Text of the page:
You are using an older browser version. Please use a supported version for the best MSN experience.

Virtual cosmetics counters are the future

AAP logoAAP 28/10/2016 Lisa Martin

Soon it be much easier to find the perfect lipstick colour and sunglasses to match your face shape, and the best part is you won't even have to leave home.

China is on the cusp of a major shake-up in online shopping technology to makes the virtual change room and cosmetics counter a reality.

Gone will be the days of buying the wrong colour or style of clothing, accessories or make-up and by the hassle of posting back returns.

At the Shanghai Zizhu entrepreneurial incubator, Olivia Wan demonstrates how online video technology can allow customers to choose sunglasses and experiment with different lippy shades.

Purple, pink and red lip colours, flash across the video footage of shoppers standing in front of the screen.

On another screen, the technology measures the faces of shoppers and suggests styles of glasses.

In China, there's insatiable appetite for shopping.

In some cities such as Shanghai, which have populations equivalent of Australia crammed into one metropolitan area, the sardine factor of malls and shopping strips is high.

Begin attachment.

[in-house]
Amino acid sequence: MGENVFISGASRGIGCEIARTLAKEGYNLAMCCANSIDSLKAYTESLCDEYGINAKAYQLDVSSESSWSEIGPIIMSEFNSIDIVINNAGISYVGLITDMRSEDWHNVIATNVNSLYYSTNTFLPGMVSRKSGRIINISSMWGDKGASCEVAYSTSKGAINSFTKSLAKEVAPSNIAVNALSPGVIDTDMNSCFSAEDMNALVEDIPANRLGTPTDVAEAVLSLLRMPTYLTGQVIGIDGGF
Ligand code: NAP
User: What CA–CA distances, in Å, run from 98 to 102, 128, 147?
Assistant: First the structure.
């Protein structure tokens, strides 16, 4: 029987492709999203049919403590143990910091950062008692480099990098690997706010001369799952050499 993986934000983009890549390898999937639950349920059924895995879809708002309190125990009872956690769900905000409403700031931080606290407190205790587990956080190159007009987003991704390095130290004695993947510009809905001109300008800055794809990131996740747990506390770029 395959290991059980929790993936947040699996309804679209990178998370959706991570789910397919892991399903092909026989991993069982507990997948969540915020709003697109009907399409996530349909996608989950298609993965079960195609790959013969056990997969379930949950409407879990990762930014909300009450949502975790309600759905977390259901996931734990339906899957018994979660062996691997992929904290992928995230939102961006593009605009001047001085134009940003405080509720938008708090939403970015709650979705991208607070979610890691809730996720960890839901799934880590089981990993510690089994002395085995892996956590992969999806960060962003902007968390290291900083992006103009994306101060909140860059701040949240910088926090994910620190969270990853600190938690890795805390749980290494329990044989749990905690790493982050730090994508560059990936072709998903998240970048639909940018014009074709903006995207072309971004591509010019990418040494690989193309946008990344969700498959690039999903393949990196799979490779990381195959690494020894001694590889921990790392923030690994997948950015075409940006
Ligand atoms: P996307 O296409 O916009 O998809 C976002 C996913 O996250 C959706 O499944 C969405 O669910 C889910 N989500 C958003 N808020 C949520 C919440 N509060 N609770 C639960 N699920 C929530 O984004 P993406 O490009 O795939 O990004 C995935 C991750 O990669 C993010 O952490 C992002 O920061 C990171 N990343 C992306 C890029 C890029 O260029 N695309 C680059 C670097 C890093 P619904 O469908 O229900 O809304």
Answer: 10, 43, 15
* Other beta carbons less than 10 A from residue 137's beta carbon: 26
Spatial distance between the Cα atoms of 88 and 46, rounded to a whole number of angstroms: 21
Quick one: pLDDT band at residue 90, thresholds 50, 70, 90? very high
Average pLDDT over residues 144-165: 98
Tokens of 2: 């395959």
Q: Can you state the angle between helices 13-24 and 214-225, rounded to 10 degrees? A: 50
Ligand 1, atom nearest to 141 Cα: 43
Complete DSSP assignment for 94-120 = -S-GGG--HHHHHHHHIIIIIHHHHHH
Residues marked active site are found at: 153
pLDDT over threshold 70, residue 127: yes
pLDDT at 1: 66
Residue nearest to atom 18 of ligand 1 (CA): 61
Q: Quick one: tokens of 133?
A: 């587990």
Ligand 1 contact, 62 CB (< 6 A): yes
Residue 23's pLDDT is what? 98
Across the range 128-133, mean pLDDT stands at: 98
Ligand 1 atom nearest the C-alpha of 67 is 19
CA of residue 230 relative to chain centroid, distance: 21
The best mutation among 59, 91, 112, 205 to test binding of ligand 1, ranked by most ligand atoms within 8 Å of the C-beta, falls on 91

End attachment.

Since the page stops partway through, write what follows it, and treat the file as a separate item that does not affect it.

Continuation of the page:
"With the use of technology we want to make people more beautiful," Ms Wan, Shanghai Beauty Face Internet Technology Company chief operating officer, told AAP through a interpreter.

According to global consulting firm McKinsey and Company, China's online retail market is the world's largest with an estimated $US630 billion ($A830 billion) in sales in 2015.

The online market is 80 per cent bigger than the US and accounts for 13.5 per cent of all retail spending.

Meanwhile, in the high-tech zone of neighbouring city Hangzhou, a visit to the display room of HIK Vision, a leading camera and surveillance company, is almost like being on the set of the US mystery drama CSI: Crime Scene Investigation.

The potential of some of the gadgets is slightly unnerving but staff insist they just create the products and its completely up to customers how they is used.

In one corner a screen shows footage of people on bikes, in cars and pedestrians. Other boxes reveal their gender, height, estimated age, whether they are wearing seat belts, carrying bags and car number plates.

In the post September 11 security conscious climate, governments are likely to be big customers.

The company has supplied surveillance technology for events such as Olympic Games, Soccer World Cups and global leaders summits.

Another display terminal shows an intricate revolving sphere of people's faces and their email trails.

*The reporter travelled to China on a delegation hosted by the Chinese People's Institute of Foreign Affairs.

image beaconimage beaconimage beacon